The purpose of this blog is to:
- Discuss and evaluate individual photos taken by Gerald Catalano, co-owner of Catalavro Concepts, Inc.
- Offer one another critical information on techniques, camera settings, lens settings, lighting settings and whatever pertinent information went into getting the shot.
- Learn from each other to improve our beloved craft.
- Replies with photos and technical details are welcomed and in many cases, preferred.
Last week we explored the use of an ultrawide lens to photograph a landscape scene. In that shot, the horizon line appeared straight when shot at approximately the same distance and exact same focal length as the image above - but with significantly different results. Distortions may not be as apparent in the example shot of the sunrise from last week because there isn't anything in the foreground to accurately offer us a sense of depth (no foreground objects or vertical lines), but when ultrawides are used on subjects that contain prominent vertical lines either in the subject or foreground such as walls on a building, the distortions become significantly more obvious. Today we are going to analyze an image that I shot using the Tamron 10-24mm 1:3.5-4.5 ultrawide lens - the same lens I used to photograph the sunrise shot from last week.
What is lens distortion? A simple and crude explanation of lens distortion is that it is the skewing or "distorting" of lines in an image caused by the curvature of the glass on the lens. This is primarily caused by the building and camera lens being on two different angles. Basically, the wider the focal length, the more "bowed" or "skewed" the outer edges of the subject become. While I can get uber-scientific with you as to why it occurs, my goal today is to teach how to correct it in photo editing software, specifically in PS (and PSE). My experience with ultrawide lenses has taught me some neat tips and tricks to minimize these effects, but there are times, such as in the example image above (or shooting architecture in general), when there is no getting around this!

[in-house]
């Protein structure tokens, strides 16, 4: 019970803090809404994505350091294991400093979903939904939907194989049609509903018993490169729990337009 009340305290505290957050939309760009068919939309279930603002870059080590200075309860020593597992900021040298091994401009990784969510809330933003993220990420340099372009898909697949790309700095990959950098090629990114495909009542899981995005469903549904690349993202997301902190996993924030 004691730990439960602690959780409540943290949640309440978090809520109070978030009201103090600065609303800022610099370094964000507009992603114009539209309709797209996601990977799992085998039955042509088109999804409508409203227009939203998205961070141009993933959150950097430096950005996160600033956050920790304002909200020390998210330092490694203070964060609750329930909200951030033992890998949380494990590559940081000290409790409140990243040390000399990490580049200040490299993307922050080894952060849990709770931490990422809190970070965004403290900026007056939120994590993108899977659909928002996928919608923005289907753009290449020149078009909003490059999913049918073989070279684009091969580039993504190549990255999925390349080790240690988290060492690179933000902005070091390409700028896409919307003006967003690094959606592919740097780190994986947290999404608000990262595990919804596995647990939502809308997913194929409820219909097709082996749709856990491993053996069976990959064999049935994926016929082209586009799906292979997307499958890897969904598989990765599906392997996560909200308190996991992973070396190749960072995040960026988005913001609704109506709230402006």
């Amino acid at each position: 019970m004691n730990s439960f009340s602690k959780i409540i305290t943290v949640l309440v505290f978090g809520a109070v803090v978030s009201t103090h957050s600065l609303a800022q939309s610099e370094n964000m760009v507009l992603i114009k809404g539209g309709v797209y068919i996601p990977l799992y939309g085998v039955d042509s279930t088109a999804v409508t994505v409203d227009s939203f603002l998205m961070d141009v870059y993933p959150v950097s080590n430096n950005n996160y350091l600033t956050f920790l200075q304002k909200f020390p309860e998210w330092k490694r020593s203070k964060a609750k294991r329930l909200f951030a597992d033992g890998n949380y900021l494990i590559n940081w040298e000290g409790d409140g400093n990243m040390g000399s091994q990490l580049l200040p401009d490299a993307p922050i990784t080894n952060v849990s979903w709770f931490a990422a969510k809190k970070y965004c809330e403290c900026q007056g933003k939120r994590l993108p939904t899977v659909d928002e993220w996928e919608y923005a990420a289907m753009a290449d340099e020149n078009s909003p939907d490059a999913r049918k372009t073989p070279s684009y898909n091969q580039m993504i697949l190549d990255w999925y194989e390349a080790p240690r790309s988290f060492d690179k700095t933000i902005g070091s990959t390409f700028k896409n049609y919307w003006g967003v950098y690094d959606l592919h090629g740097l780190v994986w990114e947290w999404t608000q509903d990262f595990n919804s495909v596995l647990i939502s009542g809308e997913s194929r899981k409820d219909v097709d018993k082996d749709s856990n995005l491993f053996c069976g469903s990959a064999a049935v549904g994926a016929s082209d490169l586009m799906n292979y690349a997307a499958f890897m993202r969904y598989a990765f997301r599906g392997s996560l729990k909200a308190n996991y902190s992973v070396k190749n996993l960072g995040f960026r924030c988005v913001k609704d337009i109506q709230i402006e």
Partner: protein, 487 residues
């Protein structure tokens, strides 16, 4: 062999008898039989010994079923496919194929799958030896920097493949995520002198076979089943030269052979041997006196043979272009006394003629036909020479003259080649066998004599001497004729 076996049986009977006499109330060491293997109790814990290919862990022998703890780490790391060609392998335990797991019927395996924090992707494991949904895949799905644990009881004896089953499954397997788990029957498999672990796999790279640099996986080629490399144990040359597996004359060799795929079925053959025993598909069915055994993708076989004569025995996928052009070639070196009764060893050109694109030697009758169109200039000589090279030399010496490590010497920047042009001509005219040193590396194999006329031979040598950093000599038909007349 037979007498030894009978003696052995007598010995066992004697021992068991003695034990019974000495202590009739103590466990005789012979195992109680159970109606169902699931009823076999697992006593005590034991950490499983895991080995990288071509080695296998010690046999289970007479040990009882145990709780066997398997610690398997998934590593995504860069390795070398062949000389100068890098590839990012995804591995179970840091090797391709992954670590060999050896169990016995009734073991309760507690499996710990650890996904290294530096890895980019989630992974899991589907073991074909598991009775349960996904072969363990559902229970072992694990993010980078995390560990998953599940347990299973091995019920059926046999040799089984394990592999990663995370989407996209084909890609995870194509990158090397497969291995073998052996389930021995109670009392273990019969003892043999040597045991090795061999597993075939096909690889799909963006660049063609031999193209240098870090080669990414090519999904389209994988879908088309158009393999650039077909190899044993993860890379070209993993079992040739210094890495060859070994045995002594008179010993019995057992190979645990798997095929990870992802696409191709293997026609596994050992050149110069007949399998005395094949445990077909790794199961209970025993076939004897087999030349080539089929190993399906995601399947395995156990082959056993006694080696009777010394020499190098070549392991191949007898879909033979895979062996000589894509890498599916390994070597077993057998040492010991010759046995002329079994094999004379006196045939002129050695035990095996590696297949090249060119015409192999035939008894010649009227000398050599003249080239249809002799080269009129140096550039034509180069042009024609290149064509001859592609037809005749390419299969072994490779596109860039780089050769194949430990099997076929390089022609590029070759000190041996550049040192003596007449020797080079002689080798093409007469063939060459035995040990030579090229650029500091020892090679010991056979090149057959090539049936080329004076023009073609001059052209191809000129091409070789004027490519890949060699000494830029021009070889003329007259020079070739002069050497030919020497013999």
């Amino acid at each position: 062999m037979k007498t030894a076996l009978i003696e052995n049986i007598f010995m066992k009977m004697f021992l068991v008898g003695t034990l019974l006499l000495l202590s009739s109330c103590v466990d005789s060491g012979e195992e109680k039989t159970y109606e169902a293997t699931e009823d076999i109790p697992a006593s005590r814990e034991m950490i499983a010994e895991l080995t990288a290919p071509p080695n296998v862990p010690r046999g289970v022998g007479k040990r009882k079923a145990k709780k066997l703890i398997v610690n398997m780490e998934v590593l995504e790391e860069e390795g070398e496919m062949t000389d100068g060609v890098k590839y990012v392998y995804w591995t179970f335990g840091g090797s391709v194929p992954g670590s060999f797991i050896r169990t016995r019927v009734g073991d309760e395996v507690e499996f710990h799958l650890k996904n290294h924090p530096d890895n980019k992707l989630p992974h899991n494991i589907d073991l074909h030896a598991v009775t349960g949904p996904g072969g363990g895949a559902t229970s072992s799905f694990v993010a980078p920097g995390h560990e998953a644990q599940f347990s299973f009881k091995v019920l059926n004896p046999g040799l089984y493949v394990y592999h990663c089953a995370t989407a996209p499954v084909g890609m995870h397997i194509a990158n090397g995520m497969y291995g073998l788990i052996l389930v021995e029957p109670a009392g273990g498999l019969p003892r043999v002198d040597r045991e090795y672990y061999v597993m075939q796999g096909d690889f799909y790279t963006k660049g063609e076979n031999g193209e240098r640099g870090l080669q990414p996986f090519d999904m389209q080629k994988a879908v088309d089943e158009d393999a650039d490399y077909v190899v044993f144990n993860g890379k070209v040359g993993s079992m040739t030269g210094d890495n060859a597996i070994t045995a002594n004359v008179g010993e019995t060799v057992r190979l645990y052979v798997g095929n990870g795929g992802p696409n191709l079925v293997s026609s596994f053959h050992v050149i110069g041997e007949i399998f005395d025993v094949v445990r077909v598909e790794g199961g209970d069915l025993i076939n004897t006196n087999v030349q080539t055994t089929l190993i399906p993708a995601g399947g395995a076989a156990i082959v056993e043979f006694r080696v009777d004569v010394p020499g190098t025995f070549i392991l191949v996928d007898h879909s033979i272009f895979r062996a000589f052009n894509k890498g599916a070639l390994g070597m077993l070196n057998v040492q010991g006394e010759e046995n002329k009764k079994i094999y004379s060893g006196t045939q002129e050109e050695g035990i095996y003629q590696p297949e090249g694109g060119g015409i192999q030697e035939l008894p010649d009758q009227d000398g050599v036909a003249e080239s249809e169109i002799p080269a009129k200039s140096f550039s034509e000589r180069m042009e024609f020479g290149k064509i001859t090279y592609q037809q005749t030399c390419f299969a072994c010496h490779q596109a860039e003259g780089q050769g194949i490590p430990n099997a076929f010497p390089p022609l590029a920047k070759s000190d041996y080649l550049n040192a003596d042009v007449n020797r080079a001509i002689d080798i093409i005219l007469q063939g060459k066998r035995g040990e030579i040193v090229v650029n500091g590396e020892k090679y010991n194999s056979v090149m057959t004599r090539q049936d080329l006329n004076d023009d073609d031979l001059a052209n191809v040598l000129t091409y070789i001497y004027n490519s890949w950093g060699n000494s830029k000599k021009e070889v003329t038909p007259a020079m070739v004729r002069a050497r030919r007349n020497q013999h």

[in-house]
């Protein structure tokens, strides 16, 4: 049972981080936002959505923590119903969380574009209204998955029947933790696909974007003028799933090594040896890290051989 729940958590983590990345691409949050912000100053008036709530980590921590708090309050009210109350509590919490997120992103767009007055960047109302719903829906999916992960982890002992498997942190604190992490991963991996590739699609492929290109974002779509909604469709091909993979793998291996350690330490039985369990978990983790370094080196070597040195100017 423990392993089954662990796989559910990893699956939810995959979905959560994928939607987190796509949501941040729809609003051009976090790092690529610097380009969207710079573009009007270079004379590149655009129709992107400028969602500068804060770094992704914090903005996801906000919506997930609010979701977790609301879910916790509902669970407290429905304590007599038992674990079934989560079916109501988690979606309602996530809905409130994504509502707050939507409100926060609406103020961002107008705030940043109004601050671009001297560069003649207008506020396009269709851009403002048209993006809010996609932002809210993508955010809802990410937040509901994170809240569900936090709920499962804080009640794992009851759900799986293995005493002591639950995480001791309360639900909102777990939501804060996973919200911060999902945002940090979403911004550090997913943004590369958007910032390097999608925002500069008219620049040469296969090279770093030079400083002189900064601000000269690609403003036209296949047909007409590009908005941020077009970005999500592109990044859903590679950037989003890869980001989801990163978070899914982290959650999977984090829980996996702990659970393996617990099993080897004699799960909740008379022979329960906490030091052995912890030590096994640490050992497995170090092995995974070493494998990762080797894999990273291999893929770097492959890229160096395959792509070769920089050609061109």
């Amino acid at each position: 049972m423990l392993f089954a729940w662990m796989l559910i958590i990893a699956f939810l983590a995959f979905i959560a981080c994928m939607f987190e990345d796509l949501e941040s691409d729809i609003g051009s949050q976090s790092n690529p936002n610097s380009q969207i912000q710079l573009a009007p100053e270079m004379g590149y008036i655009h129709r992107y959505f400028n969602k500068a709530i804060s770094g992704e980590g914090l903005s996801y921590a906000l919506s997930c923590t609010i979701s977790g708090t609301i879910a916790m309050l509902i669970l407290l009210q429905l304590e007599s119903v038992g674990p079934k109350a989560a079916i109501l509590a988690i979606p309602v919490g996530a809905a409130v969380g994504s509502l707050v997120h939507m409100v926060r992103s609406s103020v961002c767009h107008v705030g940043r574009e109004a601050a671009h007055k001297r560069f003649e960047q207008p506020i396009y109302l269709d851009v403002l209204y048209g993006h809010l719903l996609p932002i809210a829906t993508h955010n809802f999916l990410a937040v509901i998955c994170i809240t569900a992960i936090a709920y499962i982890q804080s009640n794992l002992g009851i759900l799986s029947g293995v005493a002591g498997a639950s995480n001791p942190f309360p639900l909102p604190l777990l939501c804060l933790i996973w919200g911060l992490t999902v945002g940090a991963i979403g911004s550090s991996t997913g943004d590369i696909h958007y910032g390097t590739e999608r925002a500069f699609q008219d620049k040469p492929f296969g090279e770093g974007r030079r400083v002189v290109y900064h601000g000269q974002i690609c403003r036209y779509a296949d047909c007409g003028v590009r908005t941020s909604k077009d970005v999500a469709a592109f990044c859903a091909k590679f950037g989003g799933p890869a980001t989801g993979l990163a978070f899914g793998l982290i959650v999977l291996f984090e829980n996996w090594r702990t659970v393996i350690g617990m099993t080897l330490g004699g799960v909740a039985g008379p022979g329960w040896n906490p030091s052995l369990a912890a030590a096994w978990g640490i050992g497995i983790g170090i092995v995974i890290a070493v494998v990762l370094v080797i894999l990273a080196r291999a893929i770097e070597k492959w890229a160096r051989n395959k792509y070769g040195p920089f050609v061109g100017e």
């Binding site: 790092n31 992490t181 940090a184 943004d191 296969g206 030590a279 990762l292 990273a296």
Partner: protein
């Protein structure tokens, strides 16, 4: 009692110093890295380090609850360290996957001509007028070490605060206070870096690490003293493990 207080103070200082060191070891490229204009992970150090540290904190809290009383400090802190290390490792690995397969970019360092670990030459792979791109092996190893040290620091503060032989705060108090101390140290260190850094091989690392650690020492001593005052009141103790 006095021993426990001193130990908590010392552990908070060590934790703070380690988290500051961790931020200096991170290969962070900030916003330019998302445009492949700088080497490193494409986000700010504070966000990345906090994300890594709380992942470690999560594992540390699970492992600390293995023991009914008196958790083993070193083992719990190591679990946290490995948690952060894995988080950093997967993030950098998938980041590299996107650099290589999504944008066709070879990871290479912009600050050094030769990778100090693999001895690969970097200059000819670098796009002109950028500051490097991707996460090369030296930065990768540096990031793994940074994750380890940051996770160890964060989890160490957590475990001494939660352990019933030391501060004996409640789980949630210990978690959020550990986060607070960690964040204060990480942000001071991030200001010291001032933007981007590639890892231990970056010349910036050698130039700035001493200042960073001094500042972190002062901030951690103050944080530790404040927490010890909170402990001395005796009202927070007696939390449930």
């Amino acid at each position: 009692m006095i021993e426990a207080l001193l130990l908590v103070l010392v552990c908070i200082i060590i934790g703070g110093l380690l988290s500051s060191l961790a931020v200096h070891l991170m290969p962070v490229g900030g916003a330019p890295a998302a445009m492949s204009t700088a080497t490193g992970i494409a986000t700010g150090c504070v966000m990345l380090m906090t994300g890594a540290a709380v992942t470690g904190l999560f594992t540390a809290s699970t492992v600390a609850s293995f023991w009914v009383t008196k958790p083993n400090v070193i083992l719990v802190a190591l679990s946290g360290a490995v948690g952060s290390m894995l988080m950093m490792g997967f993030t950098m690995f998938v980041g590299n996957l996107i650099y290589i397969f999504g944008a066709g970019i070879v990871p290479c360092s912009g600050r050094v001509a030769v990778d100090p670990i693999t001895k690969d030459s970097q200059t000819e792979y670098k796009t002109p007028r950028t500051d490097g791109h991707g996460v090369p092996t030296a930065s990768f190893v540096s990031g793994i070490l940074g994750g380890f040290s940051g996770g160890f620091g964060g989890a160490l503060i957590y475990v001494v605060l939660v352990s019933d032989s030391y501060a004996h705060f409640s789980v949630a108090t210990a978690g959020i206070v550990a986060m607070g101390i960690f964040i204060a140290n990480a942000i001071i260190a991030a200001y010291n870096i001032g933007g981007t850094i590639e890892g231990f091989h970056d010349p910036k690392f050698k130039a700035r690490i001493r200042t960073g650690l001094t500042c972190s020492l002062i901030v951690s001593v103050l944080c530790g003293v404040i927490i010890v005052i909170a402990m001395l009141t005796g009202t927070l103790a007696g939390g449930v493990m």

If you take another quick look at the image above, it is a building shot from approximately 12ft. at a 10mm focal length. While the exposure is ideal and the colors are rendered well, the image still doesn't quite look right, does it? Do you notice that the walls are tilting inward at the top? This type of distortion is known as a keystone distortion and makes the building appear as if it is leaning backwards. While ultrawide lenses allow us to photograph subjects at very wide angles - there is a price to pay for such an allowance in the form of lens distortion, of which there are many forms and degrees. Today we will be dealing only with keystone distortion. While I have found many artistic uses for an effect such as this, shooting architecture for a keepsake print or for a client who wants an accurate representation of the subject would definitely make this image highly unacceptable and would need to be corrected. Luckily there is such a solution in photo editing software.